Your menu is quite dynamic offering ingredients that are new to the area like Tempeh and Cashew Cheese. What is your inspiration in your dishes and the business as a whole?
We definitely try to use what’s available seasonally. So my farmer just brought me the very first vegetable that he’s grown all year, he brought me some spinach today so we put that on the menu. I’m inspired by what is seasonally available, I’m inspired by what I see at the farmers market. After working with these farmers for 18 years, they send me texts, [saying] ‘the peppers look amazing this week, these are the best peppers ever,’ and I try to write a dish or a few dishes that are based around those peppers. My process is usually, I find one or two ingredients and try to find ways to showcase those ingredients. I want the food to be comfortable, unless it’s like childhood memories or something like that. Something that is fun and delicious, but also simple.
So, while you do offer lots of vegan, vegetarian and dairy free options, you also do work with meat and dairy products, correct?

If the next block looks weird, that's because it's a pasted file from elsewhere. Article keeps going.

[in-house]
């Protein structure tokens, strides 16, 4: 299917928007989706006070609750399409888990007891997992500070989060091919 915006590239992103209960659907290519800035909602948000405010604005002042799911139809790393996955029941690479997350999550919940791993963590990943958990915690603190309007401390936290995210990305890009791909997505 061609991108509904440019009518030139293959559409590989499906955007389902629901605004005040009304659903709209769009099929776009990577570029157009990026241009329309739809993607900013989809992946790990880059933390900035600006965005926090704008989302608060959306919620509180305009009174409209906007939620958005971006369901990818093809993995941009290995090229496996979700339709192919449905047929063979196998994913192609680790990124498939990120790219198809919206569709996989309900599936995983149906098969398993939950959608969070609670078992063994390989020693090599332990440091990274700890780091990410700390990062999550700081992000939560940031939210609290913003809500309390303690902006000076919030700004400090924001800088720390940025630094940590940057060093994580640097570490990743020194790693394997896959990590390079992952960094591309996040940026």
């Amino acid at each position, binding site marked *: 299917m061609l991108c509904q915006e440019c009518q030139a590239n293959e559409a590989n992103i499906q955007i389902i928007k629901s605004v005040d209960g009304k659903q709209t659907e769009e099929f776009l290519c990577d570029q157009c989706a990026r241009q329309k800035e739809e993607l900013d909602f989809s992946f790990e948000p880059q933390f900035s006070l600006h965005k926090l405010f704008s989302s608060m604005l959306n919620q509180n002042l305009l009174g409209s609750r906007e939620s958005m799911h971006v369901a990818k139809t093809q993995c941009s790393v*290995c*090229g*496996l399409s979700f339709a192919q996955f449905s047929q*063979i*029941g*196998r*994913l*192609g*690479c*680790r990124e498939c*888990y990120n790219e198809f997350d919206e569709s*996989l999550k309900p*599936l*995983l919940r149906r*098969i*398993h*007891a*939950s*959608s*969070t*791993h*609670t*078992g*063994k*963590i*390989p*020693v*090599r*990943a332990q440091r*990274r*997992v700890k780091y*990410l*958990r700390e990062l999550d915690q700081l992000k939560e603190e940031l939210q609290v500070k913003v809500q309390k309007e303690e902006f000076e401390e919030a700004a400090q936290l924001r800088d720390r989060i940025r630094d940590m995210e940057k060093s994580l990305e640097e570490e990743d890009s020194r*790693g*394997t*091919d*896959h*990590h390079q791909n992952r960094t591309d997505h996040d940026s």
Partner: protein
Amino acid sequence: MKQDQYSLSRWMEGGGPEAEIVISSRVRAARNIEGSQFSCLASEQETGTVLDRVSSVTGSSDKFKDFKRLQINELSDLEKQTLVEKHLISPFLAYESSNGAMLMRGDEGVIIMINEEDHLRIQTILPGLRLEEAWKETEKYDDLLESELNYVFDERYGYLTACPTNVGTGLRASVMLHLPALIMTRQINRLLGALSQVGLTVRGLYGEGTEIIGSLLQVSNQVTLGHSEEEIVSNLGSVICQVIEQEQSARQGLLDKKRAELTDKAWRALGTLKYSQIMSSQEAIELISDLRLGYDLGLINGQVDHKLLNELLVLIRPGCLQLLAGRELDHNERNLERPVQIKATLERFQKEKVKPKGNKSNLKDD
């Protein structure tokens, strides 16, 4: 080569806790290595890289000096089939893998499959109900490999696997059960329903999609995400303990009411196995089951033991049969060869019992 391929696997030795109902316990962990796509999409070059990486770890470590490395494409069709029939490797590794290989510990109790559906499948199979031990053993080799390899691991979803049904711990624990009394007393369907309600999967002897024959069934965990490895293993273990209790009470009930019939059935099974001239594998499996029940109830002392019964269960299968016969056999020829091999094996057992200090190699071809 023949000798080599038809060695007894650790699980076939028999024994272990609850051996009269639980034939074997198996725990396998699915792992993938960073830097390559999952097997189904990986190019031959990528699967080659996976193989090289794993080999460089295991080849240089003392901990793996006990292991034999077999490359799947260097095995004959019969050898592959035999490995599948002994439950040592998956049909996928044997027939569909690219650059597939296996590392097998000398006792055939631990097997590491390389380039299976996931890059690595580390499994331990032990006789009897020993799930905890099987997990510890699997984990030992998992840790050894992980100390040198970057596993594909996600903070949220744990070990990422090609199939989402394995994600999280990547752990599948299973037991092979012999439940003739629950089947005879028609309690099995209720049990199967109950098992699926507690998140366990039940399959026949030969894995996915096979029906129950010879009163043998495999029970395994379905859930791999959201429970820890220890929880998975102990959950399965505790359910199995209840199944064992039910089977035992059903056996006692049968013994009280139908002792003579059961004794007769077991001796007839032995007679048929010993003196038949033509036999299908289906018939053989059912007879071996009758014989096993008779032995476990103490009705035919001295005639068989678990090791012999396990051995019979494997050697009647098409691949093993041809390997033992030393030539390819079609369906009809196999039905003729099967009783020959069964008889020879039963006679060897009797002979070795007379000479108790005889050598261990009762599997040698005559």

Right. And we take a lot of pride in the tempeh and other products that we use because they’re made in Michigan at a local manufacturer. But we also do like, pork belly, braised pork shoulder. Right now we have this Korean brisket sandwich that’s on Stone Circle focaccia with this amazing fennel and lime slaw and a sesame mayonnaise. And it’s huge, it’s so big that we called it tiny hands because you can’t tell if the sandwich is so big or if you just have tiny hands. We try to have fun with it.
This restaurant has the same, laid-back, arts-y feel that you find whexn you go to Golden Harvest. Would you say that that is something you are trying to create with this restaurant?
I think, it’s more about, a reflection of the people who come in here and make a space for this. You know? It’s just community, and that’s what I want it to be. I want everyone to come in here and feel comfortable here and comfortable to be themselves. It doesn’t matter where you come from or who you are, this is your table, this is your home too. If you give people room to be themselves, then I think you get a lot more from each experience. That’s what I would like.